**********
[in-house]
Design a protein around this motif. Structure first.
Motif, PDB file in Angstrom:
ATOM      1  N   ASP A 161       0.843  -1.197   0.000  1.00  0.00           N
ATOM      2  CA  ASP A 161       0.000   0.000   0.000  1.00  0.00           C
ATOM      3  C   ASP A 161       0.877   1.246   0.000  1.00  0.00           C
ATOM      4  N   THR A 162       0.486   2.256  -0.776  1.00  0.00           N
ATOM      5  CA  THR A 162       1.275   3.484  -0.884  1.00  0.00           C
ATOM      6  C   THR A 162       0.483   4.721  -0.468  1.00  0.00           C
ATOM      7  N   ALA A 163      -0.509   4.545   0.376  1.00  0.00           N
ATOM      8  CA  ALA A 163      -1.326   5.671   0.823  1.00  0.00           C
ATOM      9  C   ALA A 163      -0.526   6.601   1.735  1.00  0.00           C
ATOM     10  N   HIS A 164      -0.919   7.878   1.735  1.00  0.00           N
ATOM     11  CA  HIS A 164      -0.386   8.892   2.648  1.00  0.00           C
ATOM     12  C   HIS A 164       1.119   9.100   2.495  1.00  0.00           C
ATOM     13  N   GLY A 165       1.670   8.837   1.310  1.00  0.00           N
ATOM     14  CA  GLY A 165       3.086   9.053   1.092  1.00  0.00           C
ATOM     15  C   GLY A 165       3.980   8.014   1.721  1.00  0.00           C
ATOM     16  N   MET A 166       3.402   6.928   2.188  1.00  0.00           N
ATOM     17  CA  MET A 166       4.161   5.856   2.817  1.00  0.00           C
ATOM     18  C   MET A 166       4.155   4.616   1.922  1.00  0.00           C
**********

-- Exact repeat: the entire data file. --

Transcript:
[in-house]
Design a protein around this motif. Structure first.
Motif, PDB file in Angstrom:
ATOM      1  N   ASP A 161       0.843  -1.197   0.000  1.00  0.00           N
ATOM      2  CA  ASP A 161       0.000   0.000   0.000  1.00  0.00           C
ATOM      3  C   ASP A 161       0.877   1.246   0.000  1.00  0.00           C
ATOM      4  N   THR A 162       0.486   2.256  -0.776  1.00  0.00           N
ATOM      5  CA  THR A 162       1.275   3.484  -0.884  1.00  0.00           C
ATOM      6  C   THR A 162       0.483   4.721  -0.468  1.00  0.00           C
ATOM      7  N   ALA A 163      -0.509   4.545   0.376  1.00  0.00           N
ATOM      8  CA  ALA A 163      -1.326   5.671   0.823  1.00  0.00           C
ATOM      9  C   ALA A 163      -0.526   6.601   1.735  1.00  0.00           C
ATOM     10  N   HIS A 164      -0.919   7.878   1.735  1.00  0.00           N
ATOM     11  CA  HIS A 164      -0.386   8.892   2.648  1.00  0.00           C
ATOM     12  C   HIS A 164       1.119   9.100   2.495  1.00  0.00           C
ATOM     13  N   GLY A 165       1.670   8.837   1.310  1.00  0.00           N
ATOM     14  CA  GLY A 165       3.086   9.053   1.092  1.00  0.00           C
ATOM     15  C   GLY A 165       3.980   8.014   1.721  1.00  0.00           C
ATOM     16  N   MET A 166       3.402   6.928   2.188  1.00  0.00           N
ATOM     17  CA  MET A 166       4.161   5.856   2.817  1.00  0.00           C
ATOM     18  C   MET A 166       4.155   4.616   1.922  1.00  0.00           C